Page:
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news 05 Sep 11

Belgrade to Lobby Non-Aligned States on Kosovo

Serbia hopes its role as host of the 50th anniversary summit will help prevent further recognitions of Kosovo and bring new business deals in the developing world.

Bojana Barlovac
Non-Aligned Summit in Belgrade
Non-Aligned Summit in Belgrade hosted by Tito

Around 600 diplomats and 178 journalists from around the world have gathered in Belgrade to celebrate the 50th anniversary of the Non-Aligned Movement on Monday and Tuesday.

The Non-Aligned Movement is a group of states that do not consider themselves formally part of any major power bloc. The movement was largely the brainchild of Egypt's Gamal Abdul Nasser, Jawaharlal Nehru of India and Yugoslavia's late leader, Josip Tito.

Today, 118 countries are members, while Serbia has the status of observer.

Serbia's President, Boris Tadic, started pushing the idea for Belgrade to host the anniversary summit in 2009 recalling that the Non-aligned Movement was founded in 1961 at a conference in Belgrade, when it was the capital of Yugoslavia.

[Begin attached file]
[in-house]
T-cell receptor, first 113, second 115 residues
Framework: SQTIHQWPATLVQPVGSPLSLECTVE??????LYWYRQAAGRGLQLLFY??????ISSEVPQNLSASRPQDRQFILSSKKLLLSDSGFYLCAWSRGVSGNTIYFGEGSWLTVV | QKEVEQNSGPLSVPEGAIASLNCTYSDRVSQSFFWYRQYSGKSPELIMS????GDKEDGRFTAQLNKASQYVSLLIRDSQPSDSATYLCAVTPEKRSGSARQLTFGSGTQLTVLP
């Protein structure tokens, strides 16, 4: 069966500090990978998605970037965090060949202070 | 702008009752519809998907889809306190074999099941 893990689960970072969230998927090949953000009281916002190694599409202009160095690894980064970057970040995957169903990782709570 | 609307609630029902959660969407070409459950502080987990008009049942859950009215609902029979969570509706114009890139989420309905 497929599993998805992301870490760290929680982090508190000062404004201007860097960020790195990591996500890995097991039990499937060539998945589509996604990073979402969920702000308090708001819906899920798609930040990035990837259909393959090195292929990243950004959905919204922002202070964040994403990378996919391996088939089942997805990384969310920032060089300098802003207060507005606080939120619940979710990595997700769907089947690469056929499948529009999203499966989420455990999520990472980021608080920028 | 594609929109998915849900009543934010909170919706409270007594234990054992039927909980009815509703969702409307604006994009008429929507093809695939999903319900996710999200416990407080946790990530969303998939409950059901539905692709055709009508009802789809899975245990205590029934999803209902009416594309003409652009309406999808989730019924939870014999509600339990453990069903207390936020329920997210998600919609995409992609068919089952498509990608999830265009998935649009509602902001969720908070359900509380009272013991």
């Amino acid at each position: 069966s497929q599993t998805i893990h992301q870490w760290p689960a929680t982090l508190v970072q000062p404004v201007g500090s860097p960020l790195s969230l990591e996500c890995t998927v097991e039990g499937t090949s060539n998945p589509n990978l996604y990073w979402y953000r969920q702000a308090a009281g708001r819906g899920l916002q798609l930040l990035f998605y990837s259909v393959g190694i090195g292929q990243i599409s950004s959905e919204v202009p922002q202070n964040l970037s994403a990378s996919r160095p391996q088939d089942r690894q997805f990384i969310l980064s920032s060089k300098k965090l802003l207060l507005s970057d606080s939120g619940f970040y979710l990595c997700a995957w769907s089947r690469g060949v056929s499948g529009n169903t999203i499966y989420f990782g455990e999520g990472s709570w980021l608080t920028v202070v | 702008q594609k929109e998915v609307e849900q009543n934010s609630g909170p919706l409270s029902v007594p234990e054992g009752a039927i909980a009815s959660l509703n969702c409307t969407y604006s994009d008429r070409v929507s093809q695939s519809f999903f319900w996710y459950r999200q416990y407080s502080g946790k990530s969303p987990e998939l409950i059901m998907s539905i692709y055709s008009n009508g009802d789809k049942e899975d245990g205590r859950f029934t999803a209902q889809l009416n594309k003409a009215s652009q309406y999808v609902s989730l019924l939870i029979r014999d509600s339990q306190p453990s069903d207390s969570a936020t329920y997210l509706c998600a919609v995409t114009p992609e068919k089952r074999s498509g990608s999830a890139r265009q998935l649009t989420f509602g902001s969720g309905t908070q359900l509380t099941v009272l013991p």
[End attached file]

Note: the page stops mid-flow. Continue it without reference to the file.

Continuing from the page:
While some have criticised holding the summit in Belgrade, saying it conflicts with Serbia's EU membership aspirations, the Foreign Ministry sees it as a chance for Serbia to rally support for its stance on Kosovo as well as encourage trade with Third World countries.

Most Non-Aligned countries have not recognized Kosovo's independence, declared in 2008, but some are under pressure from some European countries and the US to change their stance.

The summit comes right after a mini-wave of Kosovo recognitions, including Benin, Niger and Guinea-Bissau as well as the island state of St Lucia in the Caribbean.

On the other hand, the summit is seen as chance for Serbia's poor economy to reap benefits. As Serbia is not much of a player in the competitive markets of Europe and the US,  there are hopes that an exposition of the Serbian economy, to be held along with the summit, may open doors in markets in Africa, Middle East and Latin America.

The summit's working panels will focus on topics including global problems such as international law, the fight against poverty and disease and the movement's relationship to world powers like the US, Russia and China.

Memories of Tito's Yugoslavia will be evoked when Budimir Loncar, a former Yugoslav diplomat and creator of the movement, now in his late eighties, gives a speech.  

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